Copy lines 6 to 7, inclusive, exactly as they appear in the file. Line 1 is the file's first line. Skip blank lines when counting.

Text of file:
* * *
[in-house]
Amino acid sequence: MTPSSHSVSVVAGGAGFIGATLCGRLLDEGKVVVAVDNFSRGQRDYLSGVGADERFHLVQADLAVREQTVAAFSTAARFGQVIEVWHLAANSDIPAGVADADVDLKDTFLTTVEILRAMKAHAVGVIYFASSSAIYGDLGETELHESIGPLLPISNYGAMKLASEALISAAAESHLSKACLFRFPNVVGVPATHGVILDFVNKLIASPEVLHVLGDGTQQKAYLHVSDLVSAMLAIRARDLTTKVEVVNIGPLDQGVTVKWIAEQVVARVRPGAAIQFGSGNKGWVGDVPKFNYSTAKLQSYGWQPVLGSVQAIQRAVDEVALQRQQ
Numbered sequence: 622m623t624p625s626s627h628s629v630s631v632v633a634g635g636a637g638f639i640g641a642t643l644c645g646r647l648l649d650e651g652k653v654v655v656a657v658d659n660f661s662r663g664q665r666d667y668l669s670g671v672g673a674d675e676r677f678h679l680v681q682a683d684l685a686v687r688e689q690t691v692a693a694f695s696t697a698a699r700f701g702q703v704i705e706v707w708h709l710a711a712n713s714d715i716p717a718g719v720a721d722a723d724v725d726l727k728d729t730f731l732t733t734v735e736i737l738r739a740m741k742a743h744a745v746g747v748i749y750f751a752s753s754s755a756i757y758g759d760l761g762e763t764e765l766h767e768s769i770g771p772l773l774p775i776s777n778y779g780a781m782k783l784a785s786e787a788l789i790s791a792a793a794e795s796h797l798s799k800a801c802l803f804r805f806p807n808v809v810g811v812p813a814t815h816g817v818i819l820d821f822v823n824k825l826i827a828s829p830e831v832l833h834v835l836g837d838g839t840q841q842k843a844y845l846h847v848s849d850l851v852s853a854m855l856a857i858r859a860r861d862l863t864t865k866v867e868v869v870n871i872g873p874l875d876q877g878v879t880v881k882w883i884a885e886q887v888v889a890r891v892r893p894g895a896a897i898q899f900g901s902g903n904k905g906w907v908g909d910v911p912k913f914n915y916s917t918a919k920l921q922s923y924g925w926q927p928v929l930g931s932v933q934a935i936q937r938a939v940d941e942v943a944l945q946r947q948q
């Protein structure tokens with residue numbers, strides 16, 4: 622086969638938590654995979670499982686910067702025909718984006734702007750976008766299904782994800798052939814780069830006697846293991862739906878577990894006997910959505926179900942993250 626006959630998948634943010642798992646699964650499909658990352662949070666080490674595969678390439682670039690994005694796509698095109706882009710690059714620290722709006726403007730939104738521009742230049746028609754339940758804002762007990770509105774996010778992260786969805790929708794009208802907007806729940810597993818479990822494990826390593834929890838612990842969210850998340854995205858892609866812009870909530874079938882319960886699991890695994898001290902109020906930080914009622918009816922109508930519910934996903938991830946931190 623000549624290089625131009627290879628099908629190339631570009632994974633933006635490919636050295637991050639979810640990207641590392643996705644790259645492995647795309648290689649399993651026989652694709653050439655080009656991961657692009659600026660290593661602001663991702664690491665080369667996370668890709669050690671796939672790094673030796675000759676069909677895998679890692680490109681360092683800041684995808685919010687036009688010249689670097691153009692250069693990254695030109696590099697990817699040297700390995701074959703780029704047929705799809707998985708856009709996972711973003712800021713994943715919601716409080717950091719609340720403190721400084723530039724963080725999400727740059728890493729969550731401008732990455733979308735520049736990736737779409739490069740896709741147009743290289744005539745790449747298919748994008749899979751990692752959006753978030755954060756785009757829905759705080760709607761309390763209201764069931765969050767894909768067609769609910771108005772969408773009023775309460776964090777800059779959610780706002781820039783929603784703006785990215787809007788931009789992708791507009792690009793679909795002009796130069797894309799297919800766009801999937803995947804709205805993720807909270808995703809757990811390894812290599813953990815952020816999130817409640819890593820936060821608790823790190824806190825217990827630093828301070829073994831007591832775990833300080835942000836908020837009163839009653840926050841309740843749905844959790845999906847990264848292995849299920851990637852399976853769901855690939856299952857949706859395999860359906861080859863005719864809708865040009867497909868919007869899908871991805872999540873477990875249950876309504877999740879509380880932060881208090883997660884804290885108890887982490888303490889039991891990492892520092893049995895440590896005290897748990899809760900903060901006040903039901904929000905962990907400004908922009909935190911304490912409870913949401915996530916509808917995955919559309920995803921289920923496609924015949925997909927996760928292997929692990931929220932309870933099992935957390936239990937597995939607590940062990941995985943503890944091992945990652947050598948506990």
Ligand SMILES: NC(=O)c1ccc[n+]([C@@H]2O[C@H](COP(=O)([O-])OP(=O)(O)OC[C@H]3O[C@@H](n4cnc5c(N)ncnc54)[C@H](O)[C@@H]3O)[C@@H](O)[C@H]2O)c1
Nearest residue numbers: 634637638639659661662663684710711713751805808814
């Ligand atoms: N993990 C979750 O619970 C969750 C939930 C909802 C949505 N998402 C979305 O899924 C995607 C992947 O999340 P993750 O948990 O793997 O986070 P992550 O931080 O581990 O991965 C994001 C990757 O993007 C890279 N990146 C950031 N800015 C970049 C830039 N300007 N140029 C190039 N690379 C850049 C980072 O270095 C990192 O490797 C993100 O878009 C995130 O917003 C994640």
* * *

Nearest residue numbers: 634637638639659661662663684710711713751805808814
């Ligand atoms: N993990 C979750 O619970 C969750 C939930 C909802 C949505 N998402 C979305 O899924 C995607 C992947 O999340 P993750 O948990 O793997 O986070 P992550 O931080 O581990 O991965 C994001 C990757 O993007 C890279 N990146 C950031 N800015 C970049 C830039 N300007 N140029 C190039 N690379 C850049 C980072 O270095 C990192 O490797 C993100 O878009 C995130 O917003 C994640």